Richard Hallenbeck was sole owner of the road for many years. After his decease, his children, Jacob A. Hallenbeck, William S. Hallenbeck and Gertrude McCullough, were the owners. Jacob A. Hallenbeck was the last owner of the road before it was turned over to the towns in 1903 by which time it had ceased to be a lucrative enterprise. The original Toll Board from the gatehouse at Bunker Bridge was donated to the Columbia County Historical Society by Hallenbeck’s descendents in 1933. The rates of toll had been as follows: For a Score of Cattle… $.10 A Score of Hogs or Sheep... $.02 Horse and Rider, A Led or Driven Horse or Mule ...$.02 Sulkey, Chair or Chaise and One Horse . $.05 Each Additional Horse $.01 Coach, Cochee, Chariot, Phaeton or Other Four Wheel Pleasure Carriages ...... $.10 Stage Coach or Wagon $.10 Wagon or Cart Drawn by Two Horses or Two Oxen… $.05 Every Additional Horse or Ox… $.01 Every Sleigh or Sled Drawn by Two Horses or Two Oxen... $.02 Every Additional Horse or Ox... $.01
The Columbia Republican announced the turnpike company’s decision to fold its tent with a front page story on October 22, 1903:
ABANDONED Toll Gate on Union Turnpike Has Been Taken Down. NO MORE TOLL TO PAY Hallenbeck Estate Controlled it for Nearly 50 Years The toll gate on the Union turnpike, about a mile distant from the city limits of Hudson, is no more. It was taken down on Monday and the county officials were notified by Squire Jacob A. Hallenbeck, who for a number of years was the collector of tolls, that it had been abandoned by the trustees, William S. Hallenbeck, Jacob A. Hallenbeck and Mrs. Hugh McCullough. The pike had outlived its usefulness as a money maker for the trustees and the invasion of it by automobiles, which caused teams to take other directions, helped in a measure to make it less, profitable, and so it was decided to give it up, and the road is now clear for anyone to drive over it without paying a cent for the privilege. It went the way all tollgates in Columbia County should go and will make fire wood for the Squire the coming winter.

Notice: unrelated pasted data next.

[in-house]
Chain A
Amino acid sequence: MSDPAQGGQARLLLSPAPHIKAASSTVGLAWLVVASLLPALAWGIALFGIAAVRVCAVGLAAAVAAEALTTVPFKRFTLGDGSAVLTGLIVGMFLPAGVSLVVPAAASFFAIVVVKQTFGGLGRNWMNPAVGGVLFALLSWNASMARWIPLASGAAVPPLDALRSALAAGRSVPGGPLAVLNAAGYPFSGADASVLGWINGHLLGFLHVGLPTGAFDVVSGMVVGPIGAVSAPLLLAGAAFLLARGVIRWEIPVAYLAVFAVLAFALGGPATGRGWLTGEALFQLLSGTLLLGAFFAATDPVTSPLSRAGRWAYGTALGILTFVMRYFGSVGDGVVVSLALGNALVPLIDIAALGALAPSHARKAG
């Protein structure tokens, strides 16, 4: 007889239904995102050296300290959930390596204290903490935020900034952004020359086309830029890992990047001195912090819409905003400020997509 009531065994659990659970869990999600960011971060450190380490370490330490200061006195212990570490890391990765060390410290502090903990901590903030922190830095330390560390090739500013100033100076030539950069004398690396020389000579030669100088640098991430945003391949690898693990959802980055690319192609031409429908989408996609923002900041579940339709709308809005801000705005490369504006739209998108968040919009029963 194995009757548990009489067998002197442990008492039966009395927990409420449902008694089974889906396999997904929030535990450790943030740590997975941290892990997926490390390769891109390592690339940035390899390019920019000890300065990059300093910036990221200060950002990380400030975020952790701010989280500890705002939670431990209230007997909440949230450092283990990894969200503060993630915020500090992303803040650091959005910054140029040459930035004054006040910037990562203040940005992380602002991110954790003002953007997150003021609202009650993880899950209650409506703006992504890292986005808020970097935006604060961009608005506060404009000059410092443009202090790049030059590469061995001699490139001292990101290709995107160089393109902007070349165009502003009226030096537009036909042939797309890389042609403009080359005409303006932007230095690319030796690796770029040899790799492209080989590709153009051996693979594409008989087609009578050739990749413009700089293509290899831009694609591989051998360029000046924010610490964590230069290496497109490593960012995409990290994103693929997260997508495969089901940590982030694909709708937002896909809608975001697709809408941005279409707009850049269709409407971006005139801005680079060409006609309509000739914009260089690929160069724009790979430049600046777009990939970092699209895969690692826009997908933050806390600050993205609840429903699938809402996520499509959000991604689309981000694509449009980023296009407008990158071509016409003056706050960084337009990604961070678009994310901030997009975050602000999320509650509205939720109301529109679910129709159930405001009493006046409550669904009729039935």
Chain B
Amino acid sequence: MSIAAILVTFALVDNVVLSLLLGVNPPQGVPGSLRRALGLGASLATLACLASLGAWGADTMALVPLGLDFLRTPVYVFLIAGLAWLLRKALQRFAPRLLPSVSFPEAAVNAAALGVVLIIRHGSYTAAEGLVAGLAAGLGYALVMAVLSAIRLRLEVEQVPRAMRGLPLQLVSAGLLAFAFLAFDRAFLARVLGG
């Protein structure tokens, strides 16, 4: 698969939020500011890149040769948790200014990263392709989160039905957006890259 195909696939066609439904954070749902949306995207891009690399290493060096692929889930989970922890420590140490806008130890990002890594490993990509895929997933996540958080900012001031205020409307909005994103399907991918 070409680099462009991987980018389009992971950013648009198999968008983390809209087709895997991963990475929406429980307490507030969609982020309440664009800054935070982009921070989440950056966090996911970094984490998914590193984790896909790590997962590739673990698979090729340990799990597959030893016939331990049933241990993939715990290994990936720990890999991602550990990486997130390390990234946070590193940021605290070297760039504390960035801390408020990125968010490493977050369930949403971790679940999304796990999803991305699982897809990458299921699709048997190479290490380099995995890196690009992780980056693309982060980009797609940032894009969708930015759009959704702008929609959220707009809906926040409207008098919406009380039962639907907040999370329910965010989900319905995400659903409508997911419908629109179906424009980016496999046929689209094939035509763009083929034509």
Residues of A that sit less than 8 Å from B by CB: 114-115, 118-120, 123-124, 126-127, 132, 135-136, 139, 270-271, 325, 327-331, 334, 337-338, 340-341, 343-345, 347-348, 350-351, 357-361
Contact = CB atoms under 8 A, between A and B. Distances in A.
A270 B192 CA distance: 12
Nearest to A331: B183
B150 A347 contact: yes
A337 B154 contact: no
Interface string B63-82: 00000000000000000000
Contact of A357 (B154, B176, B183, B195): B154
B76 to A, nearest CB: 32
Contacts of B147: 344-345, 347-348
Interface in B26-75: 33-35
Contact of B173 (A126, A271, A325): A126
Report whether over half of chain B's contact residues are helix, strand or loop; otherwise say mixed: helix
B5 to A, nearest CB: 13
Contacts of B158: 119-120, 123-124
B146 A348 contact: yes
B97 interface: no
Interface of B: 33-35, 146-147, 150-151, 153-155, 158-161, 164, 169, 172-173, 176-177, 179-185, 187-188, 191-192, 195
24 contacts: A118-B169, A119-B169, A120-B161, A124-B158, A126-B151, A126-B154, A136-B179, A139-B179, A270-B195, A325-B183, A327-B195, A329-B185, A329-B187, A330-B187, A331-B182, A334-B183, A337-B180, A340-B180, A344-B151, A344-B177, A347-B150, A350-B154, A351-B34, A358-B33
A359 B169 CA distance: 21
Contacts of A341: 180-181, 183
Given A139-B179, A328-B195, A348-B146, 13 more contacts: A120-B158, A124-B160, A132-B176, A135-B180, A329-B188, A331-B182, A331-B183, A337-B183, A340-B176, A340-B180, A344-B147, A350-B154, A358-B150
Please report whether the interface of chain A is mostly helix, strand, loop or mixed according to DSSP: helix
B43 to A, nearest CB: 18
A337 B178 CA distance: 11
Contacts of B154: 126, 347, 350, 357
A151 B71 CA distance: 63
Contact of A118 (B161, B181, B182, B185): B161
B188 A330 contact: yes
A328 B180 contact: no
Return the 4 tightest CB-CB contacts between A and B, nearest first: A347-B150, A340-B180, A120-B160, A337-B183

Since 1865 the toll gate has been in the Hallenbeck family, the father of the trustees keeping it before they assumed charge. It was in existence long before then and dates back over a hundred years. With the abandoning of the pike by the trustees the old Bunker Bridge over Claverack creek was thrown in as part of the transaction. This bridge has withstood many a flood and tempest and the Ice barriers that went up against it every spring for the past eighty years found it the real thing. They failed to budge it Repairs have been made to the bridge time and again, but the original timbers in the frame work are there still, and some of them are as sound as they ever were. To throw in the bridge to go as a chaser with the pike was all the townspeople of Greenport and Claverack could ask, for it will now devolve upon these towns to maintain the highway and keep it in good repair.
When the Board of Supervisors meets next month the towns mentioned will be officially notified by the county legislature that the highway is theirs to keep and hold forever and the Highway Commissioners of the respective towns will take charge of the pike in their allotted districts and see that the road is properly maintained in the future. As the creek is the dividing line between the towns of Greenport and Claverack each will have to share the burden that will fall upon the taxpayers for supporting the bridge.
The town boards of Greenport and Claverack held a joint meeting to consider the building of a replacement for the wooden bridge in June of 1908. There were reports that one of the abutments was resting on a bed of quicksand and that it might be necessary to get a pile driver to drive piles on which to build the a new one.
On September 11, 1908 it was announced that a contract had been let for a new bridge. Barent S. Rightmyer, of Greenport, was awarded the contract to build the abutments and put up the new iron bridge, his bid of $2,999 being the lowest.
On October 16, 1908 The Columbia Republican announced that, “Relic hunters have secured some of the old wooden pins that held the big timbers together of the old Bunker Bridge, and are having them decorated and hung up in their dens. The bridge was over 100 years old, and much of the timber taken from it when it was torn down was found in an excellent state of preservation.”